Unsupervised machine learning involves algorithms that learn from unlabelled training data. So, there are only the features (input variables) and no target variables. Unsupervised learning problems include clustering, where input variables with the same characteristics are grouped and associated to decipher meaningful relationships within the data set. An example of clustering is grouping people into smokers and non-smokers. On the contrary, discovering that customers using smartphones will also buy phone covers is association.

Reinforcement Learning

Reinforcement learning is a feed-based technique in which the machine learning models learn to make a series of decisions based on the feedback they receive for their actions. For each good action, the machine gets positive feedback, and for each bad one, it gets a penalty or negative feedback. So, unlike supervised machine learning, a reinforced model automatically learns using feedback instead of any labelled data.

Also Read, What is Machine Learning and Why it matters

Why use Python for Machine Learning?

Machine learning projects differ from traditional software projects in that the former involves distinct skill sets, technology stacks, and deep research. Therefore, implementing a successful machine learning project requires a programming language that’s stable, flexible, and offers robust tools. Python offers its all, so we mostly see Python-based machine learning projects. 

Platform Independence

Python’s popularity is largely due to the fact that it is a platform-independent language and is supported by most platforms, including Windows, macOS, and Linux. Thus, developers can create standalone executable programs on one platform and distribute them to other operating systems without requiring a Python interpreter. Therefore, training machine learning models become more manageable and cheaper.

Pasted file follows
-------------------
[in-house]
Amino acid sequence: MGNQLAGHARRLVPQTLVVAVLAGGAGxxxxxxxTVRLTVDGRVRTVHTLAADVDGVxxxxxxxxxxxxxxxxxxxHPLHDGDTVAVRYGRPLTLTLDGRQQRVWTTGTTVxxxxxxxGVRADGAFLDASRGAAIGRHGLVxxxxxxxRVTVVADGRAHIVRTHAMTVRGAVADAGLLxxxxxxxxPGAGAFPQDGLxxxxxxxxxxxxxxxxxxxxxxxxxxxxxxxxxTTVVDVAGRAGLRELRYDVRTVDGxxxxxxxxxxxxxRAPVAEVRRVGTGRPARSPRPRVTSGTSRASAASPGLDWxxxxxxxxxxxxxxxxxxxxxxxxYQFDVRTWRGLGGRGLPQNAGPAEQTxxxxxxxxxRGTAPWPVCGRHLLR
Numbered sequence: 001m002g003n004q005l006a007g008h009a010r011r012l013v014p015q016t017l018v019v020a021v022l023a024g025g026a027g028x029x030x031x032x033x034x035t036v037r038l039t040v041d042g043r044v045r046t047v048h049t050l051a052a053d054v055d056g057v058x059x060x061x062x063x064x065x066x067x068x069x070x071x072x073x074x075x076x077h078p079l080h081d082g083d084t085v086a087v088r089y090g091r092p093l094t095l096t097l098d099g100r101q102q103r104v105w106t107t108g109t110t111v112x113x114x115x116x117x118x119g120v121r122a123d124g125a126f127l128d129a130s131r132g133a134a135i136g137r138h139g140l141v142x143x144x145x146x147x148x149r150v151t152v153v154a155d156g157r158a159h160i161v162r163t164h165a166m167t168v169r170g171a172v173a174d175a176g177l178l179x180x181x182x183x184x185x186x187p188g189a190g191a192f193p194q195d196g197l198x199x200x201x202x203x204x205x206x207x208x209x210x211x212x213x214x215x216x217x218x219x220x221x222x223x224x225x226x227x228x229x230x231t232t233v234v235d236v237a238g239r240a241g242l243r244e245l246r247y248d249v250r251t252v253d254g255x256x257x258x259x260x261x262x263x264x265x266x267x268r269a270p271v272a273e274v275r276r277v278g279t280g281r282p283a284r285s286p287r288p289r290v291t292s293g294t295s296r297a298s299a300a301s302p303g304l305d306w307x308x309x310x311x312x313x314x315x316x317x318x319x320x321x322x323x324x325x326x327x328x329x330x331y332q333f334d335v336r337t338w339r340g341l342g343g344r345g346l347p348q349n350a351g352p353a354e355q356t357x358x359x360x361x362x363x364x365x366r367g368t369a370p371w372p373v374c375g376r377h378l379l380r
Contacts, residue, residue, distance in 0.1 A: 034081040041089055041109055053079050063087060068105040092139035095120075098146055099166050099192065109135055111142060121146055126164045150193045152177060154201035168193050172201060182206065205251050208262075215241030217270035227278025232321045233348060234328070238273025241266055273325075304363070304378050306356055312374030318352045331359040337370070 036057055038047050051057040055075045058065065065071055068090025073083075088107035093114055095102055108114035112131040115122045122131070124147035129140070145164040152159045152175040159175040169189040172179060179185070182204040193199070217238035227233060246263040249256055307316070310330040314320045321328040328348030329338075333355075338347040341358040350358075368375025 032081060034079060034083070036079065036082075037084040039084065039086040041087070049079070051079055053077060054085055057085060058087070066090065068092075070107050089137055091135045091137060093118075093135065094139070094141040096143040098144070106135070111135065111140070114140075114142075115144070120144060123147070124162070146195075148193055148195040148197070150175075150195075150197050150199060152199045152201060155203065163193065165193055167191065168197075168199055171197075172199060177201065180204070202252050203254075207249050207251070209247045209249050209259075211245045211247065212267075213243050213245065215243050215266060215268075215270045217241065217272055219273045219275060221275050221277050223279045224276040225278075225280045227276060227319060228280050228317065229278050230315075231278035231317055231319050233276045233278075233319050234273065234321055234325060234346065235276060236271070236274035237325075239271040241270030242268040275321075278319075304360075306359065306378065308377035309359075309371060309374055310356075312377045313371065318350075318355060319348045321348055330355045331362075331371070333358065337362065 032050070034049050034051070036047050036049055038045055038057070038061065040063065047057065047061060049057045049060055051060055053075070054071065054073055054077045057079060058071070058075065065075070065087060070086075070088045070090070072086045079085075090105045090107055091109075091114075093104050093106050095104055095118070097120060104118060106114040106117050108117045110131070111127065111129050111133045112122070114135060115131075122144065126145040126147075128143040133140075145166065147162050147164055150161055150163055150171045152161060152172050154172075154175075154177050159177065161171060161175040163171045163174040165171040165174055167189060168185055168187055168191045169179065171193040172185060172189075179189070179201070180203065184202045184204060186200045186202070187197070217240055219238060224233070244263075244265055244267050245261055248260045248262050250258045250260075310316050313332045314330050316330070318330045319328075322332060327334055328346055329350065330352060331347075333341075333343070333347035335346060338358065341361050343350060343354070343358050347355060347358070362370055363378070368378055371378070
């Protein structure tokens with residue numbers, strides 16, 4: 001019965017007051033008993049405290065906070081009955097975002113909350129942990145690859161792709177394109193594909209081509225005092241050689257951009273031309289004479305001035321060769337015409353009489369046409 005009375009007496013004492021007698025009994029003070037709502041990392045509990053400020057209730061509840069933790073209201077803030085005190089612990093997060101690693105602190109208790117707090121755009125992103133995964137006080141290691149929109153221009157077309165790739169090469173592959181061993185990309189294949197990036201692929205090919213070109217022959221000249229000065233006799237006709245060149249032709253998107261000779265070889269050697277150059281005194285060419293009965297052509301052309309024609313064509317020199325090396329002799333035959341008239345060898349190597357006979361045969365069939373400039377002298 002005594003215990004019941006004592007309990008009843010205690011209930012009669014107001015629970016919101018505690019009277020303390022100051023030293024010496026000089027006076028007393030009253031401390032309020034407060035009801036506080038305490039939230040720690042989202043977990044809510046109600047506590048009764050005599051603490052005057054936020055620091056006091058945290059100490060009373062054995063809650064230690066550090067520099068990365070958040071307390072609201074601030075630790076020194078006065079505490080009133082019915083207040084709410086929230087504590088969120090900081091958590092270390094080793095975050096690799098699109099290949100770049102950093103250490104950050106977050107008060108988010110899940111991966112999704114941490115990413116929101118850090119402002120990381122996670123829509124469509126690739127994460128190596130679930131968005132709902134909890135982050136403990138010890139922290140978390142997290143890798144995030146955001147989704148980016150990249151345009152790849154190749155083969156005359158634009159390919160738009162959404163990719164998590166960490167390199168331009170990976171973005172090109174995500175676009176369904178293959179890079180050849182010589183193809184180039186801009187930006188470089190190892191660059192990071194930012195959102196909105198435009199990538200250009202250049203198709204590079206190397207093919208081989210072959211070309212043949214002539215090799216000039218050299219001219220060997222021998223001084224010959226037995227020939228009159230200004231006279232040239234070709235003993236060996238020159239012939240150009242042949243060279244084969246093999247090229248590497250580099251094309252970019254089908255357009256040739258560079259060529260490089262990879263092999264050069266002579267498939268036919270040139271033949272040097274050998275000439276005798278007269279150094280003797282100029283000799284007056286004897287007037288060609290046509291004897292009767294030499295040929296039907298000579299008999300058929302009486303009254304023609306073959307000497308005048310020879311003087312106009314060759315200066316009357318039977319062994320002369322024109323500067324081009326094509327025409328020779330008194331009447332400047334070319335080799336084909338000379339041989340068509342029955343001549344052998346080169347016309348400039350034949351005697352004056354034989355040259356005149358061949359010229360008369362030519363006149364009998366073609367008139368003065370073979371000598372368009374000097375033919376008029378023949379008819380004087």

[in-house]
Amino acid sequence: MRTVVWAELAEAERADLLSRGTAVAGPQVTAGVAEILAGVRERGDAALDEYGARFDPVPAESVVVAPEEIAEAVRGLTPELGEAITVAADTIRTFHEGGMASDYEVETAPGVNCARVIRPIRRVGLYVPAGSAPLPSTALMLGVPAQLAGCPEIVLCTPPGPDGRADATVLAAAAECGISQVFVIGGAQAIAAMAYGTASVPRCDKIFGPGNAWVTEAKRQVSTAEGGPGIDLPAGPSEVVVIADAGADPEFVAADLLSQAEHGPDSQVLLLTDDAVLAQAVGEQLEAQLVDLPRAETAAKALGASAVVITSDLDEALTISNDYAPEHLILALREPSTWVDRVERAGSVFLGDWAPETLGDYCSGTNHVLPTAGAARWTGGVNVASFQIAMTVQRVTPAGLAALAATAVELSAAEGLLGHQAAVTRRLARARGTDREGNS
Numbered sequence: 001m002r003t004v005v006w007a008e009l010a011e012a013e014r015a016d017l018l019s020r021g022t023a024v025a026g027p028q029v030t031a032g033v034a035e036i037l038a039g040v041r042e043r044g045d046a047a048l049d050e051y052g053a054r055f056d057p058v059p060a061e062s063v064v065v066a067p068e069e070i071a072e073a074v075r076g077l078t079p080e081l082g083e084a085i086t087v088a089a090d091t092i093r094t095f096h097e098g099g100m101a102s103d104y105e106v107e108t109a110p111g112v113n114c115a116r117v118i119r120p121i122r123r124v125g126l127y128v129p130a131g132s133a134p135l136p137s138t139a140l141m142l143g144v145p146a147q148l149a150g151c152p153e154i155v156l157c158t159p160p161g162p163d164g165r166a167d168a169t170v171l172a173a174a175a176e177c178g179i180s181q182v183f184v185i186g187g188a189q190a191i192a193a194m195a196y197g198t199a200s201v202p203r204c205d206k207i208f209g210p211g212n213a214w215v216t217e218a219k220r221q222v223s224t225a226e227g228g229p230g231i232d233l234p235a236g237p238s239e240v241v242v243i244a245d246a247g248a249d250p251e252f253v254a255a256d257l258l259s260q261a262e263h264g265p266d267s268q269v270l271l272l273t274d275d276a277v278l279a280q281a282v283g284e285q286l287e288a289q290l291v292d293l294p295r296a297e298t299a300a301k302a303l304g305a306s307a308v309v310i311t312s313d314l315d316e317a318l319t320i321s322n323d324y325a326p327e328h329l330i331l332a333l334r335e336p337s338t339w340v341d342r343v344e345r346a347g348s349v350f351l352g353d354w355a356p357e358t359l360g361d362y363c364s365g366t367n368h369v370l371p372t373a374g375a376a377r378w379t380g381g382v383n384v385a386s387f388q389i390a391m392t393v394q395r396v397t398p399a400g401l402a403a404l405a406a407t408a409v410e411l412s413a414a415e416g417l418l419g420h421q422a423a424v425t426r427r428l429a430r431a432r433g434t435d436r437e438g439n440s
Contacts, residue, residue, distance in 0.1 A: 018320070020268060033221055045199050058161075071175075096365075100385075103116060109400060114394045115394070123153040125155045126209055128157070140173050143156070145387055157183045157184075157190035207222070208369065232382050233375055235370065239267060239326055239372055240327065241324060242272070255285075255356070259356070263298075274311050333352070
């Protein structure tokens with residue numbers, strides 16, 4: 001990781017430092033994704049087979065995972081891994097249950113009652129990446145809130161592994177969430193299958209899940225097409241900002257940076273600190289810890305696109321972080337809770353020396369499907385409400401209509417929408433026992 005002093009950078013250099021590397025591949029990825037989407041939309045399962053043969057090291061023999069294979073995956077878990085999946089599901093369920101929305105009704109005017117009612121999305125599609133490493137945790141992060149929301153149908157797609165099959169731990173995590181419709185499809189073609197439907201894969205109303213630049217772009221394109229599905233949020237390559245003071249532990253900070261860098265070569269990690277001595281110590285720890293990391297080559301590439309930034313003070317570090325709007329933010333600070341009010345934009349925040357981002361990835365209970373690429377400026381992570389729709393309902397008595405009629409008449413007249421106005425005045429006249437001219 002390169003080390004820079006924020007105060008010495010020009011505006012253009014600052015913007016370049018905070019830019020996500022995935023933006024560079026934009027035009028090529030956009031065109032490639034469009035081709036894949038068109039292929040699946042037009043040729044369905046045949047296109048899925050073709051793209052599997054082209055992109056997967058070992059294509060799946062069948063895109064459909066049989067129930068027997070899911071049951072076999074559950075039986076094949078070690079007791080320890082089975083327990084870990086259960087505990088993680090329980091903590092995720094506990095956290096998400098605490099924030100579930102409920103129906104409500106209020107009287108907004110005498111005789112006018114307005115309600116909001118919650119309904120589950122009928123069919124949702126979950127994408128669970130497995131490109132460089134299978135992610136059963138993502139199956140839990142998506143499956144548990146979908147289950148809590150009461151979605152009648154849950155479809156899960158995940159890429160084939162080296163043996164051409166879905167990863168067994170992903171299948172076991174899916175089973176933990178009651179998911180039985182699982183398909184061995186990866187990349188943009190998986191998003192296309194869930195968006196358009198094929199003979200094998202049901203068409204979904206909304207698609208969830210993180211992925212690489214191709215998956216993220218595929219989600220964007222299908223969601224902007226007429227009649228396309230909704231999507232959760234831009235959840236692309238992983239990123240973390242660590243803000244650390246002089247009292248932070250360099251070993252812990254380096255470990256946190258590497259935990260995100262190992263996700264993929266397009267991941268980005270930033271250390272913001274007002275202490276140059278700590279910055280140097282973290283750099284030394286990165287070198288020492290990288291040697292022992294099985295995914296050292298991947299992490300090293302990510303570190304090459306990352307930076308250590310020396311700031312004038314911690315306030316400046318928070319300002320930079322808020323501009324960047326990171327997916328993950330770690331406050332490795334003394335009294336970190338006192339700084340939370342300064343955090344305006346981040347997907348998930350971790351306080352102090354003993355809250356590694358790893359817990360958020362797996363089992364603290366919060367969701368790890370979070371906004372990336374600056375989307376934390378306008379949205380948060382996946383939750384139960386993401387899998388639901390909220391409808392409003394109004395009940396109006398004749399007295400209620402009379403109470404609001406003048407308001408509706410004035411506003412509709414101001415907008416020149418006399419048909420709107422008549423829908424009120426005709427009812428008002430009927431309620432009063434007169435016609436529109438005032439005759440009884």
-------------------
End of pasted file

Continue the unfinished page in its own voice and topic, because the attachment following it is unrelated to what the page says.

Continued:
Simplicity and Flexibility

Behind every machine learning model are complex algorithms and workflows that can be intimidating and overwhelming for users. But, Python’s concise and readable code allows developers to focus on the machine learning model instead of worrying about the technicalities of the language. Moreover, Python is easy to learn and can handle complicated machine learning tasks, resulting in rapid prototype building and testing.

A broad selection of frameworks and libraries

Python offers an extensive selection of frameworks and libraries that significantly reduce the development time. Such libraries have pre-written codes that developers use to accomplish general programming tasks. Python’s repertoire of software tools includes Scikit-learn, TensorFlow, and Keras for machine learning, Pandas for general-purpose data analysis, NumPy and SciPy for data analysis, and scientific computing, Seaborn for data visualisation, and more.

Also Learn Data Preprocessing in Machine Learning: 7 Easy Steps To Follow

Steps to Implement a Python Machine Learning Project

If you are new to machine learning, the best way to come to terms with a project is to list down the key steps you need to cover. Once you have the steps, you can use them as a template for subsequent data sets, filling gaps and modifying your workflow as you proceed into advanced stages.